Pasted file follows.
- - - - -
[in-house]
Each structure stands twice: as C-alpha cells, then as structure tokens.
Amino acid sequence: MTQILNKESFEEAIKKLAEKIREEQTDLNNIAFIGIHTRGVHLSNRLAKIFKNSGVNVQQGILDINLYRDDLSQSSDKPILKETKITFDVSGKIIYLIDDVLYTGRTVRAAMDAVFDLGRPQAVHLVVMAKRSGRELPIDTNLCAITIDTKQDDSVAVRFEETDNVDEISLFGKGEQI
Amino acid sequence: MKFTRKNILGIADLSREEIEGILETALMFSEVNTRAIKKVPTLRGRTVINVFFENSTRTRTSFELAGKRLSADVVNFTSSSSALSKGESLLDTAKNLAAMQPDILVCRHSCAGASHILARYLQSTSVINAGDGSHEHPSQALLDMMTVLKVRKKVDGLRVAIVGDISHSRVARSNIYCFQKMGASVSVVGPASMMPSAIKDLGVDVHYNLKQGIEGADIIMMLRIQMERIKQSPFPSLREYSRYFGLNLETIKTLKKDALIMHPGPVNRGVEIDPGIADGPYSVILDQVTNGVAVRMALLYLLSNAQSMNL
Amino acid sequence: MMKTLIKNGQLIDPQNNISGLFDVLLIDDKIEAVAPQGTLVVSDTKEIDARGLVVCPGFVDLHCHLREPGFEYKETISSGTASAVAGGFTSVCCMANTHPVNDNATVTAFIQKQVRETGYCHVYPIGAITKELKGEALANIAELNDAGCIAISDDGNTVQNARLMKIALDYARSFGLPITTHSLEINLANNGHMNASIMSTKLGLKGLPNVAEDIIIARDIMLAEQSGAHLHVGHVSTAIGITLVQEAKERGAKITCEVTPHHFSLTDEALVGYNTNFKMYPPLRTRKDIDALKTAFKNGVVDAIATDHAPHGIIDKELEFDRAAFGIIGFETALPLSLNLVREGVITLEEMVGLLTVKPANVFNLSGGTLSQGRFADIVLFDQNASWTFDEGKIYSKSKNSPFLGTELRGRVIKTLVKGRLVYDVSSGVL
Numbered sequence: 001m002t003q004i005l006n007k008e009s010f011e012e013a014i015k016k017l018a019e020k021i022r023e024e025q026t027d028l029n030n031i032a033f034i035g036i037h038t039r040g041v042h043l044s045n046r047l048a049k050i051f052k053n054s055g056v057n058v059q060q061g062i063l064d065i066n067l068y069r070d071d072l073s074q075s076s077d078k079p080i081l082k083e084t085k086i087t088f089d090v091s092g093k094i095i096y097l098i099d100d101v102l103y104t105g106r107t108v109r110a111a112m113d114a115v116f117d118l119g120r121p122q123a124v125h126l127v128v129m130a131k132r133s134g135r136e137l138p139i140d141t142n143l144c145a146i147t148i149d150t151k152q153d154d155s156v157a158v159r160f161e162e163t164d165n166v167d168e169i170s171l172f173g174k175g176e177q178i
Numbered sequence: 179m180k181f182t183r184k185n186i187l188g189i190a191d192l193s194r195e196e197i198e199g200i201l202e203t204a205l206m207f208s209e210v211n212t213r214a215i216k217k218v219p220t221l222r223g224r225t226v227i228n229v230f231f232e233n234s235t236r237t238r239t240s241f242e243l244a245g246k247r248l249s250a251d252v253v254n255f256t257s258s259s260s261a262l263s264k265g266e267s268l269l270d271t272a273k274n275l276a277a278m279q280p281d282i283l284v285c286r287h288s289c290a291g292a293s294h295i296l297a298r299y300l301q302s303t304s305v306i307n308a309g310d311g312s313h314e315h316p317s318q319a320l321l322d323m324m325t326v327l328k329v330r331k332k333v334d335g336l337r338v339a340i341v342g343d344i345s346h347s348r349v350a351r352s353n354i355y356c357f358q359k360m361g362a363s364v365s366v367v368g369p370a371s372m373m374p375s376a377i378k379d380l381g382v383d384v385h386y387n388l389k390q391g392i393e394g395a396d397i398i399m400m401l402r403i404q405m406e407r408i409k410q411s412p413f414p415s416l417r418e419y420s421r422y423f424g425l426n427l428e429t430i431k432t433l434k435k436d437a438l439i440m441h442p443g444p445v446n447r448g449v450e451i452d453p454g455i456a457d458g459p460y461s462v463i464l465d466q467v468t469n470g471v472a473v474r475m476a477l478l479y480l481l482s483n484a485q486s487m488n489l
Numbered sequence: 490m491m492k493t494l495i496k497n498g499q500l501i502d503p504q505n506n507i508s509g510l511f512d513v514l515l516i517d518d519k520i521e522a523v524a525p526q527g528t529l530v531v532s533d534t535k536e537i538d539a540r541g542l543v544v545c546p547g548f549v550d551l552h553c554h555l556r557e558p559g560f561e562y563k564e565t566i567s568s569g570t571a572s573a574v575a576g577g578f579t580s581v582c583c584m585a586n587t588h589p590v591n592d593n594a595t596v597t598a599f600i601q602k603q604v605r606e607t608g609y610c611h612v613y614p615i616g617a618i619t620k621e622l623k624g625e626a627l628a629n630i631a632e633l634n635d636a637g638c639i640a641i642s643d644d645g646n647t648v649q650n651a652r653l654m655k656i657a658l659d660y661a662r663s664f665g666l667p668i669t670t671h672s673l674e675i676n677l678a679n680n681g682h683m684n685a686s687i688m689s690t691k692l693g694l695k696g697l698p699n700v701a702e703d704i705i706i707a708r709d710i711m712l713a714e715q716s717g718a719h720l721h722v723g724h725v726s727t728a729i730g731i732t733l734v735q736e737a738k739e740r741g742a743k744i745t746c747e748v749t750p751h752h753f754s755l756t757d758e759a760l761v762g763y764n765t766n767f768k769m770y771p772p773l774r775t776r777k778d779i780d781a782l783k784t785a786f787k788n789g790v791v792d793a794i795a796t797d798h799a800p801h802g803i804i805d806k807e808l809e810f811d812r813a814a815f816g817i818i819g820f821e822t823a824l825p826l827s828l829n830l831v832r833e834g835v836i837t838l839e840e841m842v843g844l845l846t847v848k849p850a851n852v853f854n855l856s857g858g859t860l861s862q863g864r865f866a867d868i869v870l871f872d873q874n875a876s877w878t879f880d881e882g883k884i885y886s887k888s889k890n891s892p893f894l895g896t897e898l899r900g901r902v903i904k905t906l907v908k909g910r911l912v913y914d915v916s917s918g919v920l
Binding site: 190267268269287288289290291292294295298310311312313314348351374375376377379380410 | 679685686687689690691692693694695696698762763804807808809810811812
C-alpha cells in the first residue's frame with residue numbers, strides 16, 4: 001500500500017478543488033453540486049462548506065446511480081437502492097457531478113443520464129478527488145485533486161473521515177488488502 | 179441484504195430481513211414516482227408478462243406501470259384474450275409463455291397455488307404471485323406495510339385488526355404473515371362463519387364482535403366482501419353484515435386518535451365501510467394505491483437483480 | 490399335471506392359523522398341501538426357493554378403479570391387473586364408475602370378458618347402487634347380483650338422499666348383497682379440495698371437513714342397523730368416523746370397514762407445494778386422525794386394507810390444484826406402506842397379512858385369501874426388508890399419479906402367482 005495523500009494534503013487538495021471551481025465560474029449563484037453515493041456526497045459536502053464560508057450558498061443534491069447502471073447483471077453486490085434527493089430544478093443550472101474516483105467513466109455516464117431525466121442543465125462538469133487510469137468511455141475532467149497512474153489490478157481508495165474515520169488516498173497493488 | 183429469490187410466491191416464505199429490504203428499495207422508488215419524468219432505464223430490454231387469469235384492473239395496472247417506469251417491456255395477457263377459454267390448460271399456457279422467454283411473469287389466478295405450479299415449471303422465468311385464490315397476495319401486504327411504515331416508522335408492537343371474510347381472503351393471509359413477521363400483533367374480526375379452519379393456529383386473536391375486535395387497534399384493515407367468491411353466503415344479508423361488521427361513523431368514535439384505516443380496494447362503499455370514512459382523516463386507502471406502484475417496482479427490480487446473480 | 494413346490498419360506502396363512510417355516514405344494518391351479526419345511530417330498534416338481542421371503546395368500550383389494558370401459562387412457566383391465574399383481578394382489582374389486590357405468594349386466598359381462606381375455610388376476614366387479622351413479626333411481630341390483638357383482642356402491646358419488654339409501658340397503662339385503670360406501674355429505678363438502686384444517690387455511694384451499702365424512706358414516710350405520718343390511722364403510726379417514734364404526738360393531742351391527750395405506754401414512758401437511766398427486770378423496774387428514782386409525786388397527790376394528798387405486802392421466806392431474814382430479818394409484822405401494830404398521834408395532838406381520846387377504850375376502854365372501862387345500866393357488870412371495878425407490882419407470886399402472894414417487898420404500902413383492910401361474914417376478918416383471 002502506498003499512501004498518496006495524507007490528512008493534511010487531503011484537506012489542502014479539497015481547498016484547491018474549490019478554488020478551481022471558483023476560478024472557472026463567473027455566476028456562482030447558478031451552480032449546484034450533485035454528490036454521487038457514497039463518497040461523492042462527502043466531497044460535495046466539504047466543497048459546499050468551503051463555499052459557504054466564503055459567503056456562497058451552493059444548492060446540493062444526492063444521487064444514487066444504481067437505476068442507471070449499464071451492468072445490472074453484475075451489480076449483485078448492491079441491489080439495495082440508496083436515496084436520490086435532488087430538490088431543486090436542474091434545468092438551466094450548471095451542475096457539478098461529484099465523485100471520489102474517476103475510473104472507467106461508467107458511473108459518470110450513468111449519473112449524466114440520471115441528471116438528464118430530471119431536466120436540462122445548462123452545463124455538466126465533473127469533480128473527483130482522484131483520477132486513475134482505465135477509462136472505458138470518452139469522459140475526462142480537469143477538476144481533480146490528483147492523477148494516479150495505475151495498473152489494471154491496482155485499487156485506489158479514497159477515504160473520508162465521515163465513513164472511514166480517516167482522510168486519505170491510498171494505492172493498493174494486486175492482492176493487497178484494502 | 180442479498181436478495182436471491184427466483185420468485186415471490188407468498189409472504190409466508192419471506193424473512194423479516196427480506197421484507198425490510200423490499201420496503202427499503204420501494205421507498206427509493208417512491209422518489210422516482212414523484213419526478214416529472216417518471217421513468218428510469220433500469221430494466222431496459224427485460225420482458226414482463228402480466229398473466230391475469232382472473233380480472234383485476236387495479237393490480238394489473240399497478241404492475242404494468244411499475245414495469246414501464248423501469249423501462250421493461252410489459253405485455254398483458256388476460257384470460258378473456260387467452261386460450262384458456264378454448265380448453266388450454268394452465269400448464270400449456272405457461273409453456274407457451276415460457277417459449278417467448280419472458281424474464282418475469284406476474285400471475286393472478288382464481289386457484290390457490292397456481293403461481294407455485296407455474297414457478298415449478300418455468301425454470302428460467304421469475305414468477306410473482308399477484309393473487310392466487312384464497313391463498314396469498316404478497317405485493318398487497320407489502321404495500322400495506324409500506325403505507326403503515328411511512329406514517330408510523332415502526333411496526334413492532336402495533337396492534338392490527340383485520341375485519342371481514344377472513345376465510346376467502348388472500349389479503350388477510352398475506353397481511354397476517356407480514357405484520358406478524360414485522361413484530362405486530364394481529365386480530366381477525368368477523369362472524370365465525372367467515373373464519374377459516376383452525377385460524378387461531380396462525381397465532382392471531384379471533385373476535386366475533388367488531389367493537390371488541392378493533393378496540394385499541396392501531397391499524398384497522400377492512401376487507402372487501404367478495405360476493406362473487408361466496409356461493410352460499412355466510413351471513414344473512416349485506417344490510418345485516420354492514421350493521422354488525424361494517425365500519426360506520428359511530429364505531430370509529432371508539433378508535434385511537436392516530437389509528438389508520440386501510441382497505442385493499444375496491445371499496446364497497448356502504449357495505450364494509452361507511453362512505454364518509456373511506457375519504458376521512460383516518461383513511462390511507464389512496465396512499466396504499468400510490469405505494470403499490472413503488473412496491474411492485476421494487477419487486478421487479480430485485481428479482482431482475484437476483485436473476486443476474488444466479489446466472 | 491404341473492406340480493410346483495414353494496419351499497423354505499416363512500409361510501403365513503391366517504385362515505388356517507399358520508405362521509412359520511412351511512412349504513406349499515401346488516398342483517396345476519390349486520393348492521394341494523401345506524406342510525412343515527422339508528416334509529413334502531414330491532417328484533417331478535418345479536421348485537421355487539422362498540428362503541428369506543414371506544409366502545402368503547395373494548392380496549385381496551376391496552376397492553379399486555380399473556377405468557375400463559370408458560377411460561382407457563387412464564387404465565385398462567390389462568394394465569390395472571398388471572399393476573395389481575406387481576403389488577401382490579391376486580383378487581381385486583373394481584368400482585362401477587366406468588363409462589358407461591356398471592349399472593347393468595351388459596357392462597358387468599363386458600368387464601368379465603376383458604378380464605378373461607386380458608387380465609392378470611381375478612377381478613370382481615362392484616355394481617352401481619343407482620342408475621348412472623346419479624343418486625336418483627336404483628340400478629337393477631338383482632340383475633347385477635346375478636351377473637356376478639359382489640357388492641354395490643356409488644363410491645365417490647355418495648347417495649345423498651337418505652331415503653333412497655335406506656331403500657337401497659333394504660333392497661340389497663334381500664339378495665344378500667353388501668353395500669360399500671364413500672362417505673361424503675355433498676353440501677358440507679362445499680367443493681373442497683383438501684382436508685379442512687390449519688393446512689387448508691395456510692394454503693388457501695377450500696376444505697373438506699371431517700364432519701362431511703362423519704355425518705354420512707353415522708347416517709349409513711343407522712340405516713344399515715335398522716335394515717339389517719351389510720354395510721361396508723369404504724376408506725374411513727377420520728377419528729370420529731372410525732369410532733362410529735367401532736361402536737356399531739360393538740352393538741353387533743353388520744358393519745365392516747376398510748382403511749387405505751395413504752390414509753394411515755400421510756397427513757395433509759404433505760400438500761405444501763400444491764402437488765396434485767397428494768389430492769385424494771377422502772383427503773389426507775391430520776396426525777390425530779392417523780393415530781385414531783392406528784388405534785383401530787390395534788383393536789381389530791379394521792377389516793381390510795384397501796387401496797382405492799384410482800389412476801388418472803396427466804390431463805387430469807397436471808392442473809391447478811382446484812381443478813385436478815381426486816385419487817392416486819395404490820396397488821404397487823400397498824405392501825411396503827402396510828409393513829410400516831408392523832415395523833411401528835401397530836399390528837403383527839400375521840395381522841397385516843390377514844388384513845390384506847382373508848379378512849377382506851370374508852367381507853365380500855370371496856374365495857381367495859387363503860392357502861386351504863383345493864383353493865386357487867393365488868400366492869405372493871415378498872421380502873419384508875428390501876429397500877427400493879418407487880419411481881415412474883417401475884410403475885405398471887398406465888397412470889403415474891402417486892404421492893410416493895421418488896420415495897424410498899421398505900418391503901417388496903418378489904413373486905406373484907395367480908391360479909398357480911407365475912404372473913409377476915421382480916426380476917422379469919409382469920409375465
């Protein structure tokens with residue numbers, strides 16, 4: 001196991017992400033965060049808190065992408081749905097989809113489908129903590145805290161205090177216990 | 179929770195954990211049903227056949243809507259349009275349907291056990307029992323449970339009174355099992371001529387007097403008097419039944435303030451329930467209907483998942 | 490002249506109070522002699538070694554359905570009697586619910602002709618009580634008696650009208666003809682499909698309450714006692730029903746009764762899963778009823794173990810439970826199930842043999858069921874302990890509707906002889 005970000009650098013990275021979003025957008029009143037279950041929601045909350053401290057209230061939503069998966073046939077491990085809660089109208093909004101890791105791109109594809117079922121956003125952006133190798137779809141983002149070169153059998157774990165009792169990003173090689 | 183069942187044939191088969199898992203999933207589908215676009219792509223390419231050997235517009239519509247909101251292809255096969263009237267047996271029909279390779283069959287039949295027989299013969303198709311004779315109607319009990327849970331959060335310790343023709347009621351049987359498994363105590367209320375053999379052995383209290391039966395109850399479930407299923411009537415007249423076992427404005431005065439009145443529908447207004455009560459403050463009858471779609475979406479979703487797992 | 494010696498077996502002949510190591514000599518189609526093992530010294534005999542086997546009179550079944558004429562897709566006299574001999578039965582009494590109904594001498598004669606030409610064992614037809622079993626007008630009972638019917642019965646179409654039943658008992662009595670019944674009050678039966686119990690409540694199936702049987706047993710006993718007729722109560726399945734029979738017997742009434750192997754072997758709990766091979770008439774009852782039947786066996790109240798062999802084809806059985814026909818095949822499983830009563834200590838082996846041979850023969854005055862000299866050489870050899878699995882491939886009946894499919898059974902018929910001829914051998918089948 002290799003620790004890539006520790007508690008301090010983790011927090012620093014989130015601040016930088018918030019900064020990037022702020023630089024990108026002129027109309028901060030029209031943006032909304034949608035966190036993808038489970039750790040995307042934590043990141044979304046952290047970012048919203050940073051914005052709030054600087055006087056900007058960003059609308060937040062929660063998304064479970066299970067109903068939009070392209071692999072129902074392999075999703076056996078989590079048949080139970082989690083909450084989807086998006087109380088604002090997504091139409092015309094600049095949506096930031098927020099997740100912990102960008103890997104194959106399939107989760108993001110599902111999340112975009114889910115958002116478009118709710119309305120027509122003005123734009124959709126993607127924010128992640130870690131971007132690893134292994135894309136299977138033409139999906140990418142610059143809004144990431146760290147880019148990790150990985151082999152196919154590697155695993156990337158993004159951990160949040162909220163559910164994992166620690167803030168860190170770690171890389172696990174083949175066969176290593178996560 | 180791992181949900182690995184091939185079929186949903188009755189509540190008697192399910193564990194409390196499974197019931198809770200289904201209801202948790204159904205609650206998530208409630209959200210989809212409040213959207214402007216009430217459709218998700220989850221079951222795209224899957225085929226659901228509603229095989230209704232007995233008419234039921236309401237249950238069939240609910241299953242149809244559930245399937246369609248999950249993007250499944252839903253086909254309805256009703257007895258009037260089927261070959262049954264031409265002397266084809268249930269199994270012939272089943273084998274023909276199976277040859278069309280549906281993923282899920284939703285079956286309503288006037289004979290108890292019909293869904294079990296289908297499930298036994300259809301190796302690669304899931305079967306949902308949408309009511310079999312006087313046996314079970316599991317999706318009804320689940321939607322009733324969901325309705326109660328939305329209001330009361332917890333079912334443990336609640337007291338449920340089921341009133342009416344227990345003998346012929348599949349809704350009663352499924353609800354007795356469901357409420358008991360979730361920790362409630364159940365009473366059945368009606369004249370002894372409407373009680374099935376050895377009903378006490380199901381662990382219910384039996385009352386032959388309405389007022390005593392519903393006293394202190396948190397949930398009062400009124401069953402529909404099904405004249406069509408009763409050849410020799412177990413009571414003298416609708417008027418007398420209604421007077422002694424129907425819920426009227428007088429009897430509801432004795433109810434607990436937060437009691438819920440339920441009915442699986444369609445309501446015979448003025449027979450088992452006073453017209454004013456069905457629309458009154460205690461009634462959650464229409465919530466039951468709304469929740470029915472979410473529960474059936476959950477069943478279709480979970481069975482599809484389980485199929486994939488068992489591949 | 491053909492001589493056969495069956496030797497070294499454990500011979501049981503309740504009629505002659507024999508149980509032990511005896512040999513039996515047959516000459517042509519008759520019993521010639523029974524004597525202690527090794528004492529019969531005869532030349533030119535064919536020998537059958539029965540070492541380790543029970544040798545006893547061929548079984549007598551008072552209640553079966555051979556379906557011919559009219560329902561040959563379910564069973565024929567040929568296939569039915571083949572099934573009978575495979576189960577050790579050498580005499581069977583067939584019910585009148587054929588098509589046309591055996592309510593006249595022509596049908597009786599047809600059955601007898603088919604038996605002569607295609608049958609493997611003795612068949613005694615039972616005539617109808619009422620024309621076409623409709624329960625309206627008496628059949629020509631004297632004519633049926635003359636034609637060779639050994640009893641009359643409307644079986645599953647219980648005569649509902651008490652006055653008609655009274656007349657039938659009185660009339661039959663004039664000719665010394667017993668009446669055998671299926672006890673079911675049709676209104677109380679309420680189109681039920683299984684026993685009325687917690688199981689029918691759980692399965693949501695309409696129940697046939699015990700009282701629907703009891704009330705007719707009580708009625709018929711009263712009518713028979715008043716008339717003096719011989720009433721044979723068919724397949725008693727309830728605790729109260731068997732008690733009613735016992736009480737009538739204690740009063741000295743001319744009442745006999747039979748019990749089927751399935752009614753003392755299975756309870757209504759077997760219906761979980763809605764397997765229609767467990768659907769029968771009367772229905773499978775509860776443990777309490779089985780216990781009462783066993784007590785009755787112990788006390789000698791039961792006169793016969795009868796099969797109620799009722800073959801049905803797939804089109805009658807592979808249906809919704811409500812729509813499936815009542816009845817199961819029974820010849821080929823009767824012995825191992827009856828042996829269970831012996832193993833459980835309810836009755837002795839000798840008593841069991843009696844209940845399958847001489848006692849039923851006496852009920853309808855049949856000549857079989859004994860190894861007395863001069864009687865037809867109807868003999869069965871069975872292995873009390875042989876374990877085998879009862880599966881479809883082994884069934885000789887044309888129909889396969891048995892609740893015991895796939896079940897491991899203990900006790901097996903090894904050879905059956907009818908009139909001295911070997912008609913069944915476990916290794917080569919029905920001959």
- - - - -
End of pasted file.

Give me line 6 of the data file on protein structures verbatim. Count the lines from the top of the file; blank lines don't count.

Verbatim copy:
Numbered sequence: 001m002t003q004i005l006n007k008e009s010f011e012e013a014i015k016k017l018a019e020k021i022r023e024e025q026t027d028l029n030n031i032a033f034i035g036i037h038t039r040g041v042h043l044s045n046r047l048a049k050i051f052k053n054s055g056v057n058v059q060q061g062i063l064d065i066n067l068y069r070d071d072l073s074q075s076s077d078k079p080i081l082k083e084t085k086i087t088f089d090v091s092g093k094i095i096y097l098i099d100d101v102l103y104t105g106r107t108v109r110a111a112m113d114a115v116f117d118l119g120r121p122q123a124v125h126l127v128v129m130a131k132r133s134g135r136e137l138p139i140d141t142n143l144c145a146i147t148i149d150t151k152q153d154d155s156v157a158v159r160f161e162e163t164d165n166v167d168e169i170s171l172f173g174k175g176e177q178i